Trying to Break a Bad Habit? Here’s How

by Christina Sarich, Staff Writer, Waking Times

“The truth is that everyone is bored, and devotes himself to cultivating habits.” – Albert Camus in The Plague

That bad habit you have been trying to break is likely causing you consternation for more reasons than you think. Perhaps you’ve sworn to yourself that you would stop being late for appointments, or binge eating ice cream at 3 in the morning, but you can’t seem to change. It is likely due to a delicate dance going on between your neuronal synapses. There is a way to re-wire them, in effect, but it helps to understand what caused your brain to develop that habit to begin with.

Any action you take develops into the opportunity to repeat itself almost robot-like via your neurochemistry. Neuronal synapses are reinforced by their use through the production of acetylcholine. When we stop doing a particular thing, those neuronal pathways shrink, with conductive layers actually dissolving, so that new pathways can be formed.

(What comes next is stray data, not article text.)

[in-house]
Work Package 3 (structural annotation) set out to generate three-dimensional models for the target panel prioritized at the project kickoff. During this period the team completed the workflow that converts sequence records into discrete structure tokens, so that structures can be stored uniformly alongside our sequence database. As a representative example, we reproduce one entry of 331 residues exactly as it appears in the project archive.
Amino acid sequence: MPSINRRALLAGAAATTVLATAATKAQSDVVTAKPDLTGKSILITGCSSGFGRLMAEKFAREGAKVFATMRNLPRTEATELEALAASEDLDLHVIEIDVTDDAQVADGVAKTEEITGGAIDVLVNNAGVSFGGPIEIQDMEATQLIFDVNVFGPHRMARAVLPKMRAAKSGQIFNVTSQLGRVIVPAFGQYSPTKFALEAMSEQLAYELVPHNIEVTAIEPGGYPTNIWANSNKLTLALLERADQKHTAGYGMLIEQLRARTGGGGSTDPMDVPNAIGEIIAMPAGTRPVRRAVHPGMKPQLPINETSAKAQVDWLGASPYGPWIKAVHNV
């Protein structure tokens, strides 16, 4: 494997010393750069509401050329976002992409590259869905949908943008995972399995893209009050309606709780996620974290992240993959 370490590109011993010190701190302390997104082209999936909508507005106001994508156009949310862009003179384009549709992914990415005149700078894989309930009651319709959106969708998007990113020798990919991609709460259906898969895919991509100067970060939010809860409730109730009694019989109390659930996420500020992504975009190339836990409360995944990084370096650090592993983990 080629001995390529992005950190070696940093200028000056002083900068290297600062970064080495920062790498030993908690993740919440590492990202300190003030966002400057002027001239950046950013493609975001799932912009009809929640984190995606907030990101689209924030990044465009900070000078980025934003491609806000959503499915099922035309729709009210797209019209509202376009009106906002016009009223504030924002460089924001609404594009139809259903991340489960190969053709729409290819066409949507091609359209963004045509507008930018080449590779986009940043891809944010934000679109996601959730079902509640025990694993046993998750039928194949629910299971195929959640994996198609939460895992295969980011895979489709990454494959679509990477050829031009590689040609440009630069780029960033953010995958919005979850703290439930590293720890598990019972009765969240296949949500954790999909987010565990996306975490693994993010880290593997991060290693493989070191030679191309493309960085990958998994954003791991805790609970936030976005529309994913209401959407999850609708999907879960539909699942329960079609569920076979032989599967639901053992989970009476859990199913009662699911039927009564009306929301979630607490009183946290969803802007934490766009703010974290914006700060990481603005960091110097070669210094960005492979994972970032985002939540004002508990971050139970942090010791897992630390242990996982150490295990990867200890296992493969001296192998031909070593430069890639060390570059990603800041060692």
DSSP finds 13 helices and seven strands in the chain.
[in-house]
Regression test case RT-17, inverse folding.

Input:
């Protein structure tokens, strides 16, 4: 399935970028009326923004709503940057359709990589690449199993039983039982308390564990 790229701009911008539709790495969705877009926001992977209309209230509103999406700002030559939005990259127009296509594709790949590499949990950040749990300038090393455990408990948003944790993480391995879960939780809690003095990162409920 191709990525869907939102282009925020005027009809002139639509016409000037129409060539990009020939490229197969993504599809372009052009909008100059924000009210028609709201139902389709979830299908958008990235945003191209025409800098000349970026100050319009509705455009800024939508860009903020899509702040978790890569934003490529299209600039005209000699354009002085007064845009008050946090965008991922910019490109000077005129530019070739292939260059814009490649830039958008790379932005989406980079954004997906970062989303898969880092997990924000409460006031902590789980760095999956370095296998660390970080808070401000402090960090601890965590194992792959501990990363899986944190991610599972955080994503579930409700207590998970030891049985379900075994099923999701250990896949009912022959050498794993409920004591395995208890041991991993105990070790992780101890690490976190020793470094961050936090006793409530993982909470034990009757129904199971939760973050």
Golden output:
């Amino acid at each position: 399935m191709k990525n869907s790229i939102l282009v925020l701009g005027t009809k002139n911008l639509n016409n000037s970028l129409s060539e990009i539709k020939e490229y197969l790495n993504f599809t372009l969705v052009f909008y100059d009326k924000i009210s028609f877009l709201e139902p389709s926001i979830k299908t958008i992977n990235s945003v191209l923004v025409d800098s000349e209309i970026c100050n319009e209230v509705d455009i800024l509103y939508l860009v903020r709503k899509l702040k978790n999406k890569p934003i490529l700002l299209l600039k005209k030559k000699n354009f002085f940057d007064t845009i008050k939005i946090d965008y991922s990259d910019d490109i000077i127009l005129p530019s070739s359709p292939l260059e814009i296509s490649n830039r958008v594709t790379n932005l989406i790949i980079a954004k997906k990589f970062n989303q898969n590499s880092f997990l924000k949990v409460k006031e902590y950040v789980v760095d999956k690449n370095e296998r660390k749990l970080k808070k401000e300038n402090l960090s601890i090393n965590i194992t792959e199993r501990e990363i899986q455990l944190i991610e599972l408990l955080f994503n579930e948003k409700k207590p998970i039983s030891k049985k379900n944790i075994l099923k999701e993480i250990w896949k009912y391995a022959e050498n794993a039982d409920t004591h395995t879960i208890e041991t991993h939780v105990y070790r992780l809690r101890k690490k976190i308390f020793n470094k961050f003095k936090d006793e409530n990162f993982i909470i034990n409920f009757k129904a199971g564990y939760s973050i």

What can make this process a little more challenging is when someone experiences a traumatic event. This causes a permanent hypersensitive pathway to be created – using a different chemical that does not dissolve so easily.

The National Institute for Mental Health (NIMH) says that over 40 million people in the US over the age of 18 suffer from some anxiety-related disorder, and those are just the people who have been diagnosed or whose symptoms fit into a pre-described condition. Millions more go undiagnosed. Arguably, these are people with a habitual mental pattern that can be reconfigured.